Know Your Farmer Monday @ ARTfarm. Open 3-6!

Q: Are centipedes good or bad?

A: Of all the creepy crawlies that quickly scurry under the bed at night, Virgin Islanders love to hate centipedes. But centipedes are top predators in the insect world. This makes them extremely beneficial for an organic vegetable farm. Centipedes take the night shift from wasps and birds, hunting and devouring slugs, caterpillars, cockroaches and countless other garden vegetable pests from dusk till dawn. In turn, centipedes themselves become a rich protein feast for birds and other omnivores further up the food chain.20140331-143745.jpg
It takes a year for the average centipede to reach sexual maturity. The mother will lay a small number of eggs and then protect them devotedly with her body until they hatch. If you pick up an object in the garden and find a centipede curled up in the soil underneath who doesn't immediately scurry away, it's probably a mother protecting her brood. Take the opportunity to look closely at her. Centipedes can have incredible rainbows of color from red to yellow to bright blue and purple in their exoskeletons, with delicate little legs perfectly aligned in a celebration of fractal beauty.

A centipede delivers a venomous bite through specially modified front legs near their head. A centipede bite is not typically deadly for humans or pets, but can give a strong reaction like a bee or wasp sting and should be treated as such.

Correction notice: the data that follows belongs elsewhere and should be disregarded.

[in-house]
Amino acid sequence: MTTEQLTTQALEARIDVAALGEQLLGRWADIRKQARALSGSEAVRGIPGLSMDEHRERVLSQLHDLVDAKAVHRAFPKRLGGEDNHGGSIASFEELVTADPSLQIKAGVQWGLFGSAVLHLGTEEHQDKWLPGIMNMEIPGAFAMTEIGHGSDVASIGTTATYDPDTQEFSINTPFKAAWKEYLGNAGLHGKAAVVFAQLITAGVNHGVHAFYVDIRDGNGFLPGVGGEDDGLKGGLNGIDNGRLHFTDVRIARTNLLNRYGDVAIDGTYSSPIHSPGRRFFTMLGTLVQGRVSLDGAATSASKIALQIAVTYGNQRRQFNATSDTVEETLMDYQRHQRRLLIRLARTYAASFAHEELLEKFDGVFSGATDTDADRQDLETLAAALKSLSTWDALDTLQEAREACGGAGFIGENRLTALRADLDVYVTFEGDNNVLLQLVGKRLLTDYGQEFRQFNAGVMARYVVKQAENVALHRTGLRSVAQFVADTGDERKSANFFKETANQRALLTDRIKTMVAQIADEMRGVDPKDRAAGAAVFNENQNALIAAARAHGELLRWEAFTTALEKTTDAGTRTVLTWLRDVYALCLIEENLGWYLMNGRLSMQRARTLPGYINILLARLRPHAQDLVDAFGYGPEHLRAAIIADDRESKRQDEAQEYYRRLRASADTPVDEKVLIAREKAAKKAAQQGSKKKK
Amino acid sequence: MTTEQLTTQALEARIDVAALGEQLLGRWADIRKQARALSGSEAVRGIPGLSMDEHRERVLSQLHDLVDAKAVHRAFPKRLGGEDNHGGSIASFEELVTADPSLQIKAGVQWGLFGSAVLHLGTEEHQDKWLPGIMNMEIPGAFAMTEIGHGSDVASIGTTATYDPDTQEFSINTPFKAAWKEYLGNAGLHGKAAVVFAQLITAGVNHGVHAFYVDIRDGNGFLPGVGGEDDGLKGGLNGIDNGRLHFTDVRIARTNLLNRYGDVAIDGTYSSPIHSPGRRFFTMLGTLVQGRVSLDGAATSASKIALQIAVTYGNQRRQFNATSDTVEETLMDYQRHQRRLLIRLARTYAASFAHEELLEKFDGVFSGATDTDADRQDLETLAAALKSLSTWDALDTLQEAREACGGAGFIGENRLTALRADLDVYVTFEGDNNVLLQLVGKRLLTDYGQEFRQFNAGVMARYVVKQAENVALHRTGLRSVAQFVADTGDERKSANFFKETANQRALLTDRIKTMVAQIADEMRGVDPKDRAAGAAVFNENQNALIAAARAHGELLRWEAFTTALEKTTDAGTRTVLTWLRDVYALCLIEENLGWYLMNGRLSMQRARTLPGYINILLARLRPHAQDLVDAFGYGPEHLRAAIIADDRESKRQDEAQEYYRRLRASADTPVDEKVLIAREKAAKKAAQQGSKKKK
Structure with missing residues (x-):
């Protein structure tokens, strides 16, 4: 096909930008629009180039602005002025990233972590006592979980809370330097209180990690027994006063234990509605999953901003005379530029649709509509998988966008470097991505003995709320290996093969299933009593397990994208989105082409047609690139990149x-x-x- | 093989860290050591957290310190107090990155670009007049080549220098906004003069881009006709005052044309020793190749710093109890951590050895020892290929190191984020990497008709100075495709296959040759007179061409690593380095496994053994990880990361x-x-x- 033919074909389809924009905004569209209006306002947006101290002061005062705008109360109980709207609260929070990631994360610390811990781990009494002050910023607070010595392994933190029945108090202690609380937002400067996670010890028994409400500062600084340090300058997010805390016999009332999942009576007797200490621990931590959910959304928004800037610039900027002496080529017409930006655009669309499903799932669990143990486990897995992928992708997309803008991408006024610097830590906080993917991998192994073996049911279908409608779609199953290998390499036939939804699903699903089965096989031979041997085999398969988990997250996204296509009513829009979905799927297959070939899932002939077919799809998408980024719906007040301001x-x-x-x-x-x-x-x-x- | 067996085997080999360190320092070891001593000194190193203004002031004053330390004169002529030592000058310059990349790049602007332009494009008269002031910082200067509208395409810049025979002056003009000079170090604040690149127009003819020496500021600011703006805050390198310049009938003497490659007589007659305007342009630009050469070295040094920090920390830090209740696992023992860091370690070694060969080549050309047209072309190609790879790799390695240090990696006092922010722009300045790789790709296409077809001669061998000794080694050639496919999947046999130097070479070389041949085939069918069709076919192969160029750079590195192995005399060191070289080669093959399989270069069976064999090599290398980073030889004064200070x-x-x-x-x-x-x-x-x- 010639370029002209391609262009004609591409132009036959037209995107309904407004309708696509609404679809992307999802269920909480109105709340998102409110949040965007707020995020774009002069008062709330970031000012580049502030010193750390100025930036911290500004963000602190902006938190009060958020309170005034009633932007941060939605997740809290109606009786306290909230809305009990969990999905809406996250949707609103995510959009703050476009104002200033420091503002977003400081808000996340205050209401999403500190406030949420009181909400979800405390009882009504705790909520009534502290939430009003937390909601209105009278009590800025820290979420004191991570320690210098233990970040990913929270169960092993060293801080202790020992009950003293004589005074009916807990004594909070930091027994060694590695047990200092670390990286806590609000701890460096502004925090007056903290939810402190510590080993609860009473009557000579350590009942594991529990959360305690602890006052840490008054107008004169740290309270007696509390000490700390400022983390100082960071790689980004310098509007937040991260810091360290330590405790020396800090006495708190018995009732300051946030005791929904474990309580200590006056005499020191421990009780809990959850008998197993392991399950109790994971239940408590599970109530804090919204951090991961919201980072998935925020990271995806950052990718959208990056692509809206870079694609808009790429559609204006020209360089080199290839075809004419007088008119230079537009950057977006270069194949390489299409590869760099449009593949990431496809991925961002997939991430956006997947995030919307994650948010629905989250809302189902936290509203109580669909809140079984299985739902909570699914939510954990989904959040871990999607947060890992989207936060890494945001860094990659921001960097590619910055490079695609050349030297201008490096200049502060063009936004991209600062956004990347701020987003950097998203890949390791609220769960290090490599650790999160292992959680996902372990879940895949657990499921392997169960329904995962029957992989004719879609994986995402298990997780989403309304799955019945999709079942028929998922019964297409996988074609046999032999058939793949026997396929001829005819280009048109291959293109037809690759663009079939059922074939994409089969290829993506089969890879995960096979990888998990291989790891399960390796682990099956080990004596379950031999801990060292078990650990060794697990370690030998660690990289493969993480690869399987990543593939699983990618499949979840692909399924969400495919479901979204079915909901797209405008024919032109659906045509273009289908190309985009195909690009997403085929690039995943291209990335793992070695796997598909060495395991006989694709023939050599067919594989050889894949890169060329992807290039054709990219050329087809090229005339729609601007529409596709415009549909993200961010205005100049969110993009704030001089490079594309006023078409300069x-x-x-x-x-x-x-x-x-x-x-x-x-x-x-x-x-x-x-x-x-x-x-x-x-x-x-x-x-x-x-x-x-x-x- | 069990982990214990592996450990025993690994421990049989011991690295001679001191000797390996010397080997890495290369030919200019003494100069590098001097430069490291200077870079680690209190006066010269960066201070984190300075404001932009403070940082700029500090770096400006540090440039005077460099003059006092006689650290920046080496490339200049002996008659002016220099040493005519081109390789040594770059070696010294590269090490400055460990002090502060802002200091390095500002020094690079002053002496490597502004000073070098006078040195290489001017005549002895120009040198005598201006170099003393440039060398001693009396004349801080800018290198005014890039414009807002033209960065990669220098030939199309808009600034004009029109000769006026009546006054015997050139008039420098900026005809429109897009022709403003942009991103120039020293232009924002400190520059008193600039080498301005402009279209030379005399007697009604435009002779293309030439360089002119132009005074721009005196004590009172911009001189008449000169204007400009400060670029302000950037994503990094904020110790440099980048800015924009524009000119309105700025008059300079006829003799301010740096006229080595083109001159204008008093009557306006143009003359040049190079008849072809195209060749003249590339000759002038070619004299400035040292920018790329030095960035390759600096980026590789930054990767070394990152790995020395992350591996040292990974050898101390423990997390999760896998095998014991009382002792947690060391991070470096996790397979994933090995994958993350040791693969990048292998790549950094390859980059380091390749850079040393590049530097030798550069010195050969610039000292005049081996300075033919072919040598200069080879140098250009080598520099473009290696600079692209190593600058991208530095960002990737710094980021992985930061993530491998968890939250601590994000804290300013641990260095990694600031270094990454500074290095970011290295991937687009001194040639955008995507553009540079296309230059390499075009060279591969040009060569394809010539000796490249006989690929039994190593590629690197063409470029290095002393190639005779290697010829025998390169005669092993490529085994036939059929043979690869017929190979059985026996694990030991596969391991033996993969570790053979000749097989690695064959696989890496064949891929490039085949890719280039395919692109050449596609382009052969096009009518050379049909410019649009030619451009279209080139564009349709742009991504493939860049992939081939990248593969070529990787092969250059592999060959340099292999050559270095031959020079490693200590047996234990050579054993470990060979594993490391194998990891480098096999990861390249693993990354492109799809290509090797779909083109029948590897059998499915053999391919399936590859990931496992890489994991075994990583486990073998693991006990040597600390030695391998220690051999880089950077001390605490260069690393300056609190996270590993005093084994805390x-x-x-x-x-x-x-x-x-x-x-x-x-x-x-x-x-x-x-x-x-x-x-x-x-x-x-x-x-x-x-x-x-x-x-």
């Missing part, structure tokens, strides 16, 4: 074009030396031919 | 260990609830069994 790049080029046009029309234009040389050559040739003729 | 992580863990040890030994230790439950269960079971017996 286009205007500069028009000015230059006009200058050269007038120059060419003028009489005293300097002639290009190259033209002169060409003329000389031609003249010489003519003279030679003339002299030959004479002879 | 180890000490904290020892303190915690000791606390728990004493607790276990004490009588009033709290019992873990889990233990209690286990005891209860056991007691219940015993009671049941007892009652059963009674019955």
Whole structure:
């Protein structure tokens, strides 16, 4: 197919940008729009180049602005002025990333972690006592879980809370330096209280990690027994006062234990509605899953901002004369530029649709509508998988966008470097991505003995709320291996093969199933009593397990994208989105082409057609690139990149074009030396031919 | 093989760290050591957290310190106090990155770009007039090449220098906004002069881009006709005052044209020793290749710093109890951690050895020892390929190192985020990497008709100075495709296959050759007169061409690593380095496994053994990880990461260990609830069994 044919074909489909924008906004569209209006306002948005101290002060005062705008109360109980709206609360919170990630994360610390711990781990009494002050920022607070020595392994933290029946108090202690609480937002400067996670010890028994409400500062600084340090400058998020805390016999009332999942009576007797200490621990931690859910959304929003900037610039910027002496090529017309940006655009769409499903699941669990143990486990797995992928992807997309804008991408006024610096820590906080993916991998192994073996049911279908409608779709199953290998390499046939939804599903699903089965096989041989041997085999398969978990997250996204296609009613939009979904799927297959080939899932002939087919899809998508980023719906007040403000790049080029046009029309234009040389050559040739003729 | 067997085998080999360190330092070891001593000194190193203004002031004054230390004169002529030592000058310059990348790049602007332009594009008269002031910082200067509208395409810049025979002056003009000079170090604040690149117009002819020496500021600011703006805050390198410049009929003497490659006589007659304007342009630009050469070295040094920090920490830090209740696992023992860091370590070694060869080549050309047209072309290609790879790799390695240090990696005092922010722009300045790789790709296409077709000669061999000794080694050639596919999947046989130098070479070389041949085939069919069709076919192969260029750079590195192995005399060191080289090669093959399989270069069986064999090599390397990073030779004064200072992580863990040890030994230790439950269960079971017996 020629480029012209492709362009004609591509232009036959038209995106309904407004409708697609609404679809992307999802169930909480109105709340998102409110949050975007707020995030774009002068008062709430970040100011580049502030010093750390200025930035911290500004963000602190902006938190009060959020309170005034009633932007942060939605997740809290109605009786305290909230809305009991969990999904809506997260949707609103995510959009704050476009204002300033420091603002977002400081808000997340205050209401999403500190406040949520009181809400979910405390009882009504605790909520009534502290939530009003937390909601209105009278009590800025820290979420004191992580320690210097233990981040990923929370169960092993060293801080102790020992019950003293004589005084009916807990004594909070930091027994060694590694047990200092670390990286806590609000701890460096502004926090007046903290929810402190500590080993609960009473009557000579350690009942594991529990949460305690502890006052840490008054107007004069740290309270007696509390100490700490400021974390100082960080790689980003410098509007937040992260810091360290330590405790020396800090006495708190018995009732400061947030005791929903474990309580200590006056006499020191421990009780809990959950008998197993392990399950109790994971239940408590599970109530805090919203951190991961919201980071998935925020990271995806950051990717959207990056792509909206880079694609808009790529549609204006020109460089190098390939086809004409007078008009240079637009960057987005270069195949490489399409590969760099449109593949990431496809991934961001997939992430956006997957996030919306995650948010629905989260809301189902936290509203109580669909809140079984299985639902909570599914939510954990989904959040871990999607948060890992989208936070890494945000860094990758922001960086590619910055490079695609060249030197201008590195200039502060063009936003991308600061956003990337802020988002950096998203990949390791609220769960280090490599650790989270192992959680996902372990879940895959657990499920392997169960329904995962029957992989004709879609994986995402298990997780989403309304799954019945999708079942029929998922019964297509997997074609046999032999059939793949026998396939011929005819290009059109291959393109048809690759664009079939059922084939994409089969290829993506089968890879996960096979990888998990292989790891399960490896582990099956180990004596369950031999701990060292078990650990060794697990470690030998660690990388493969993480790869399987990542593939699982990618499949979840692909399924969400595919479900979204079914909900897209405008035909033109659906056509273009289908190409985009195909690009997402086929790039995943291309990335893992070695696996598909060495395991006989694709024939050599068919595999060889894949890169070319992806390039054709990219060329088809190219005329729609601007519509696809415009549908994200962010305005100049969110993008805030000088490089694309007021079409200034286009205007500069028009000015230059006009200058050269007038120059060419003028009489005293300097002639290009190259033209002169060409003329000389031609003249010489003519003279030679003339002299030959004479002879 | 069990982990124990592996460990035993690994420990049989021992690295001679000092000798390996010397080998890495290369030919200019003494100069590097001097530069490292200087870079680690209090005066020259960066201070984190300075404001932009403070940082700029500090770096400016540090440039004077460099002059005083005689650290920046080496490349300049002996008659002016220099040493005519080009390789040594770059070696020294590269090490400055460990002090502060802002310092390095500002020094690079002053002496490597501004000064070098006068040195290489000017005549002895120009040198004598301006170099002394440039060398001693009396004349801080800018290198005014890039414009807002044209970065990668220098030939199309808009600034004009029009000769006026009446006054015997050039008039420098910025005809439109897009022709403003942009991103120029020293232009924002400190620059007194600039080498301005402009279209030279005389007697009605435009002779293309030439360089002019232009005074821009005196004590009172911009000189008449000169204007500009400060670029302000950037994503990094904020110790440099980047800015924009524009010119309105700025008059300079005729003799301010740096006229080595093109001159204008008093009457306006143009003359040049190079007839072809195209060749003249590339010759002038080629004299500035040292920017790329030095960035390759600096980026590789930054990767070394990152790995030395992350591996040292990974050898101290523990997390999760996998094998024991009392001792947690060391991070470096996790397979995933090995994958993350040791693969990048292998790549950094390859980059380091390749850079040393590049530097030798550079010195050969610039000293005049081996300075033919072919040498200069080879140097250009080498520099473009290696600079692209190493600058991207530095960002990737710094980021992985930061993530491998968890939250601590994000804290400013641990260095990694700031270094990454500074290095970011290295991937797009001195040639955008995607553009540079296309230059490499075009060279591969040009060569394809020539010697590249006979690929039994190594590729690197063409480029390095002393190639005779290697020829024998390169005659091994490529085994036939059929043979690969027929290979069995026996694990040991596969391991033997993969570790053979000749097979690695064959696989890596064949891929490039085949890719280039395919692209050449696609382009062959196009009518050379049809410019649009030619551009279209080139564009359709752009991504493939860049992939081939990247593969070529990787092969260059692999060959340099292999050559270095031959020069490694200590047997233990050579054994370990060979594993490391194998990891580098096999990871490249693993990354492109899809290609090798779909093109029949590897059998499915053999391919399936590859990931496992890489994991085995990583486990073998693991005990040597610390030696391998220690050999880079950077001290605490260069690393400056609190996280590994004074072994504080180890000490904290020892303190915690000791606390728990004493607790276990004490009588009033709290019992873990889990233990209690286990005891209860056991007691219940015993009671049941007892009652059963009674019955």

Centipedes have terrible vision and can only see light and shadow. This is why, when you switch on the light in a dark room, a centipede may scurry toward you. They are not attacking you, but are simply trying to get out of the light, and your shadow is appealing to them.

If you have a lot of centipedes in and around your home, one of the most effective ways to get rid of them is to keep a chicken loose around in your yard. Laugh if you will, but integrated pest management is an important part of managing pest loads on an organic farm, and the delicious eggs are a big plus.

Monday's stand, open 3–6 p.m., Transfer Day 2014: Freshly made sweet salad mix, spicy salad mix, arugula, beautiful carrots, Bodhi beans, chili peppers, cherry, plum, heirloom and slicer tomatoes, and passionfruit. Raw local honey from Errol, and Wanda's fantastic honey mustard dressing and honey mead sampler gift boxes, as well.

A lovable animated centipede stars in this family movie from the Roald Dahl book, James and the Giant Peach!

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